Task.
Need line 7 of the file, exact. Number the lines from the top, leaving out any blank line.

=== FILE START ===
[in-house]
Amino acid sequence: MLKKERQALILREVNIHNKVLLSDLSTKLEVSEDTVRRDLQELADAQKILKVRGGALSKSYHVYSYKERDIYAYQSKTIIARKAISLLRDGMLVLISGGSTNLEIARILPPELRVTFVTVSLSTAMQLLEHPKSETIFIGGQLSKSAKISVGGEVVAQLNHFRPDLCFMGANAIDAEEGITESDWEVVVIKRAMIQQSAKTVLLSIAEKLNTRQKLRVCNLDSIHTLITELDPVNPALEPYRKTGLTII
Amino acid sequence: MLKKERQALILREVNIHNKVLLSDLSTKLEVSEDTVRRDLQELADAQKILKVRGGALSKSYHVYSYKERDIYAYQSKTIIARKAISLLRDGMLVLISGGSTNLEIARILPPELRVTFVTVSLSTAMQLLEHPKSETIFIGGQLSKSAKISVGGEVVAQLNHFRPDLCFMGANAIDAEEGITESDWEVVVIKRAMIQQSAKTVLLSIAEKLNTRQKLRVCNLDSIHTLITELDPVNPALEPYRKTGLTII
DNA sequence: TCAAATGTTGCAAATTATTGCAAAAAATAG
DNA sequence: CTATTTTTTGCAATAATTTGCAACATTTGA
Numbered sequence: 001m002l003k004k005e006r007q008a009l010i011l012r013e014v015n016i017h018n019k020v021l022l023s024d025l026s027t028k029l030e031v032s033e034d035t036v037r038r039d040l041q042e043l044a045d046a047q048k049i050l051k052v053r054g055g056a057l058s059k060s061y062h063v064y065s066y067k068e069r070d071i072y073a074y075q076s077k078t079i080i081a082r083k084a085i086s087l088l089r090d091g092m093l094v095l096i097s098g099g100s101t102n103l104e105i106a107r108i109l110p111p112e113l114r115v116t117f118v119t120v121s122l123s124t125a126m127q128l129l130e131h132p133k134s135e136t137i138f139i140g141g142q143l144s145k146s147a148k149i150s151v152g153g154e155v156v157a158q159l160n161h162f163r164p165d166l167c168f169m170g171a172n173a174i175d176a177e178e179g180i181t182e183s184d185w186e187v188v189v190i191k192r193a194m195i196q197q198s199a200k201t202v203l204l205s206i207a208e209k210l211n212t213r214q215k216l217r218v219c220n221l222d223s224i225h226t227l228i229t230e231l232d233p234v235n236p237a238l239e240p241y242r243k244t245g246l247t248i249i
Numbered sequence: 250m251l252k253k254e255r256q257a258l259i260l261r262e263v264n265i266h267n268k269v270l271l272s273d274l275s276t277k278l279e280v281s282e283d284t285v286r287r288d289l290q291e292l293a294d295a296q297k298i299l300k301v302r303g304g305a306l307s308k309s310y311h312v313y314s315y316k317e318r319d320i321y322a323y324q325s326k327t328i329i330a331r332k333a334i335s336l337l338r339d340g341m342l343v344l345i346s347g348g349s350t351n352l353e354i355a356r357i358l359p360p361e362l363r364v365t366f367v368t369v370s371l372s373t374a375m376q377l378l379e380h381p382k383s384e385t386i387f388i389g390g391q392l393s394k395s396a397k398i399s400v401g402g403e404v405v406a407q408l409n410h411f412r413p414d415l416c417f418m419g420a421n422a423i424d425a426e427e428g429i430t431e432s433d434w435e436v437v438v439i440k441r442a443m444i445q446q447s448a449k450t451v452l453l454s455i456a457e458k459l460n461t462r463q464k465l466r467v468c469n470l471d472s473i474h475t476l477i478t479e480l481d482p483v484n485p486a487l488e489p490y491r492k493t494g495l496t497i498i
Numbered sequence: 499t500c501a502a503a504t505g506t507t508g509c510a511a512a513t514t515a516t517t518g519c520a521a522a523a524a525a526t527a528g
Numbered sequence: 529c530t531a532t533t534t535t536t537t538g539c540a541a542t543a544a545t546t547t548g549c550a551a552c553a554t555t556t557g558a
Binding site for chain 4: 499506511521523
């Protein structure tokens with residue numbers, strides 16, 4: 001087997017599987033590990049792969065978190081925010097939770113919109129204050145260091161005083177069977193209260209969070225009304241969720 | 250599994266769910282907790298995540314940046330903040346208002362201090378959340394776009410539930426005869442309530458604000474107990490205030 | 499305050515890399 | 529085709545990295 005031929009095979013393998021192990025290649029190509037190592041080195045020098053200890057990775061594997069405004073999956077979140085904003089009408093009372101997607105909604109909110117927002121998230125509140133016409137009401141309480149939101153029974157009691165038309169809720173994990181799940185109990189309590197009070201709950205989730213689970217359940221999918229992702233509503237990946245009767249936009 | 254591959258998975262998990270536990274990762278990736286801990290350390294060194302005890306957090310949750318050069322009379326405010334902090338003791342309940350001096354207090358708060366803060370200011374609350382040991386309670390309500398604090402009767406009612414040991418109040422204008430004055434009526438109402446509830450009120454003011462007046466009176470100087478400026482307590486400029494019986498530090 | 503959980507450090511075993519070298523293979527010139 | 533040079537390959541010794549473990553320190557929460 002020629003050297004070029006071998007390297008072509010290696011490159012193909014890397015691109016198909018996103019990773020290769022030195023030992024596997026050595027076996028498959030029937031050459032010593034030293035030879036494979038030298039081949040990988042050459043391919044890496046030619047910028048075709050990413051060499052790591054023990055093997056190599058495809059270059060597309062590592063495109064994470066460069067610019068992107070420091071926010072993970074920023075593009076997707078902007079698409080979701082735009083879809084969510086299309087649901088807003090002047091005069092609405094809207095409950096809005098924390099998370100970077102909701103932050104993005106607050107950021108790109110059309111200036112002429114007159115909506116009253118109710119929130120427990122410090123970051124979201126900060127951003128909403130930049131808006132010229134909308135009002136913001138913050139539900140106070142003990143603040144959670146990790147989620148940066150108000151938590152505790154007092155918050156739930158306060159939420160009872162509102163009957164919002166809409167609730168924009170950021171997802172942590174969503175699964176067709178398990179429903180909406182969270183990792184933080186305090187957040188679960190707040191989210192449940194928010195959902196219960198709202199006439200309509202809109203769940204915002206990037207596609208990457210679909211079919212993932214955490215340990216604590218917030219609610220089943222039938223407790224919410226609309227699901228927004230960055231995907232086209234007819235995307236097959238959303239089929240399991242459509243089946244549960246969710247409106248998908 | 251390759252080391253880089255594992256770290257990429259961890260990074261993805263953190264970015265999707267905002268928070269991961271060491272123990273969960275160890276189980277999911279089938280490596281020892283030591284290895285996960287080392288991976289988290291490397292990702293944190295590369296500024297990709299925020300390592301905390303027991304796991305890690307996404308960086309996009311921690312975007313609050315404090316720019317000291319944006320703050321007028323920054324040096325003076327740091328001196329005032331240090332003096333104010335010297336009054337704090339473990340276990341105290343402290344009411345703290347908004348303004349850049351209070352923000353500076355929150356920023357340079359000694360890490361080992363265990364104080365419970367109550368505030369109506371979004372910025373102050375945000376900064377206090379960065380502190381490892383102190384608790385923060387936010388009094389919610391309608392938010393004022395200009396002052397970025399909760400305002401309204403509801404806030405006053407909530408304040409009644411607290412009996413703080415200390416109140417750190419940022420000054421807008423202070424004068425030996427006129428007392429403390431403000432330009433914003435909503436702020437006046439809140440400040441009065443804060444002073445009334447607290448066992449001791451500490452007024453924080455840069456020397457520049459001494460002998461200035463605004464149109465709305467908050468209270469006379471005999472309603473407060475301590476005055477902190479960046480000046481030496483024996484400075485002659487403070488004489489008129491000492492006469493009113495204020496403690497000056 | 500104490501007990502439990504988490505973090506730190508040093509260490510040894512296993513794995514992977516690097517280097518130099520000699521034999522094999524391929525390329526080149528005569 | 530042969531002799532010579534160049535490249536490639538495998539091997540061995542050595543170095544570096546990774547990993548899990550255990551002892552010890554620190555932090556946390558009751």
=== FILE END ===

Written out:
Numbered sequence: 250m251l252k253k254e255r256q257a258l259i260l261r262e263v264n265i266h267n268k269v270l271l272s273d274l275s276t277k278l279e280v281s282e283d284t285v286r287r288d289l290q291e292l293a294d295a296q297k298i299l300k301v302r303g304g305a306l307s308k309s310y311h312v313y314s315y316k317e318r319d320i321y322a323y324q325s326k327t328i329i330a331r332k333a334i335s336l337l338r339d340g341m342l343v344l345i346s347g348g349s350t351n352l353e354i355a356r357i358l359p360p361e362l363r364v365t366f367v368t369v370s371l372s373t374a375m376q377l378l379e380h381p382k383s384e385t386i387f388i389g390g391q392l393s394k395s396a397k398i399s400v401g402g403e404v405v406a407q408l409n410h411f412r413p414d415l416c417f418m419g420a421n422a423i424d425a426e427e428g429i430t431e432s433d434w435e436v437v438v439i440k441r442a443m444i445q446q447s448a449k450t451v452l453l454s455i456a457e458k459l460n461t462r463q464k465l466r467v468c469n470l471d472s473i474h475t476l477i478t479e480l481d482p483v484n485p486a487l488e489p490y491r492k493t494g495l496t497i498i